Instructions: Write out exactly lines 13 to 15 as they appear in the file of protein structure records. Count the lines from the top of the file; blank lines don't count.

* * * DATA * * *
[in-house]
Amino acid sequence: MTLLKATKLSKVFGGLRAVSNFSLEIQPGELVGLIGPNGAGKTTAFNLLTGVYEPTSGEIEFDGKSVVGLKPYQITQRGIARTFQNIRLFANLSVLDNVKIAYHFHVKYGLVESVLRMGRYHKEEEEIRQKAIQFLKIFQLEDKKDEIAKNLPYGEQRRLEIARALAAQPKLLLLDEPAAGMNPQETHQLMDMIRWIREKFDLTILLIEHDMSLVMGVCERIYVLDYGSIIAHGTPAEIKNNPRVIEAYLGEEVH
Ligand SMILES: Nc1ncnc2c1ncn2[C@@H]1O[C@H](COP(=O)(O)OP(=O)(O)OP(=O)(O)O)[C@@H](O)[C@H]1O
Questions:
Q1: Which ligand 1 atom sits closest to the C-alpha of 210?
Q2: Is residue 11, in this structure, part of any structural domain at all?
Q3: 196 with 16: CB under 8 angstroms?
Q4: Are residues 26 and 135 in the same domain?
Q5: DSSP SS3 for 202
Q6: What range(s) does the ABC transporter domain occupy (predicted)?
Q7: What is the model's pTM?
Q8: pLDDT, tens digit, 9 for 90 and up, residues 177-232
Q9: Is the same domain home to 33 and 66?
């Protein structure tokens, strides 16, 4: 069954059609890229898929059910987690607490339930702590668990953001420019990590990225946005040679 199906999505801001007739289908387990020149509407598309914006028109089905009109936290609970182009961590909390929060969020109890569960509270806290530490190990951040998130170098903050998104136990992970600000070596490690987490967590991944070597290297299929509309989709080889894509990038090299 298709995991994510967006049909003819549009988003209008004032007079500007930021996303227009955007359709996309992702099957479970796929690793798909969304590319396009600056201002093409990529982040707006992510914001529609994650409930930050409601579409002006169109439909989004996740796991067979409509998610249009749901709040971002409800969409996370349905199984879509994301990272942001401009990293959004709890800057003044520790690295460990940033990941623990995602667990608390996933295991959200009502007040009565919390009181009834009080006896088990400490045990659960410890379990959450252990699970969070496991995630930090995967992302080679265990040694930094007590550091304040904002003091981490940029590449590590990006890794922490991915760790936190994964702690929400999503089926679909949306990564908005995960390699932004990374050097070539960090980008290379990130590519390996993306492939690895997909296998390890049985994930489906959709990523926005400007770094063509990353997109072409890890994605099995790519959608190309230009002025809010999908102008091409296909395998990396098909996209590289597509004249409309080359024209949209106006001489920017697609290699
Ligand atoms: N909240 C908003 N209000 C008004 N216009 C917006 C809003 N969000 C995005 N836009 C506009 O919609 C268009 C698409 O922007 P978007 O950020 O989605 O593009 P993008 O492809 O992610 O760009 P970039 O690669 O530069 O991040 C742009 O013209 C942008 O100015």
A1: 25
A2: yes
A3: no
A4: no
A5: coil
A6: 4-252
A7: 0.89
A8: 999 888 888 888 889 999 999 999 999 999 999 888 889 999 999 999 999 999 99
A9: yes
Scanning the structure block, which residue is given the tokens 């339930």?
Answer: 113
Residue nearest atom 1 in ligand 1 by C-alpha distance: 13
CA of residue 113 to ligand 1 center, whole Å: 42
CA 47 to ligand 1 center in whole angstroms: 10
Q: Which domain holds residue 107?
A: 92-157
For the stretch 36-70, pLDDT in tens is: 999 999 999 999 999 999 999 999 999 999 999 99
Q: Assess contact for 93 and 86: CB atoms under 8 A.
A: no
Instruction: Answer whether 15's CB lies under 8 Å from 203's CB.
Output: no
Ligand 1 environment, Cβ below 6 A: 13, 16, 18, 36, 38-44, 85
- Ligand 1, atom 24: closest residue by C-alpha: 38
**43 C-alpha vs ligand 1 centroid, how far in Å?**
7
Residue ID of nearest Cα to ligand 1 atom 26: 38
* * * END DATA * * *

Q9: Is the same domain home to 33 and 66?
């Protein structure tokens, strides 16, 4: 069954059609890229898929059910987690607490339930702590668990953001420019990590990225946005040679 199906999505801001007739289908387990020149509407598309914006028109089905009109936290609970182009961590909390929060969020109890569960509270806290530490190990951040998130170098903050998104136990992970600000070596490690987490967590991944070597290297299929509309989709080889894509990038090299 298709995991994510967006049909003819549009988003209008004032007079500007930021996303227009955007359709996309992702099957479970796929690793798909969304590319396009600056201002093409990529982040707006992510914001529609994650409930930050409601579409002006169109439909989004996740796991067979409509998610249009749901709040971002409800969409996370349905199984879509994301990272942001401009990293959004709890800057003044520790690295460990940033990941623990995602667990608390996933295991959200009502007040009565919390009181009834009080006896088990400490045990659960410890379990959450252990699970969070496991995630930090995967992302080679265990040694930094007590550091304040904002003091981490940029590449590590990006890794922490991915760790936190994964702690929400999503089926679909949306990564908005995960390699932004990374050097070539960090980008290379990130590519390996993306492939690895997909296998390890049985994930489906959709990523926005400007770094063509990353997109072409890890994605099995790519959608190309230009002025809010999908102008091409296909395998990396098909996209590289597509004249409309080359024209949209106006001489920017697609290699
Ligand atoms: N909240 C908003 N209000 C008004 N216009 C917006 C809003 N969000 C995005 N836009 C506009 O919609 C268009 C698409 O922007 P978007 O950020 O989605 O593009 P993008 O492809 O992610 O760009 P970039 O690669 O530069 O991040 C742009 O013209 C942008 O100015």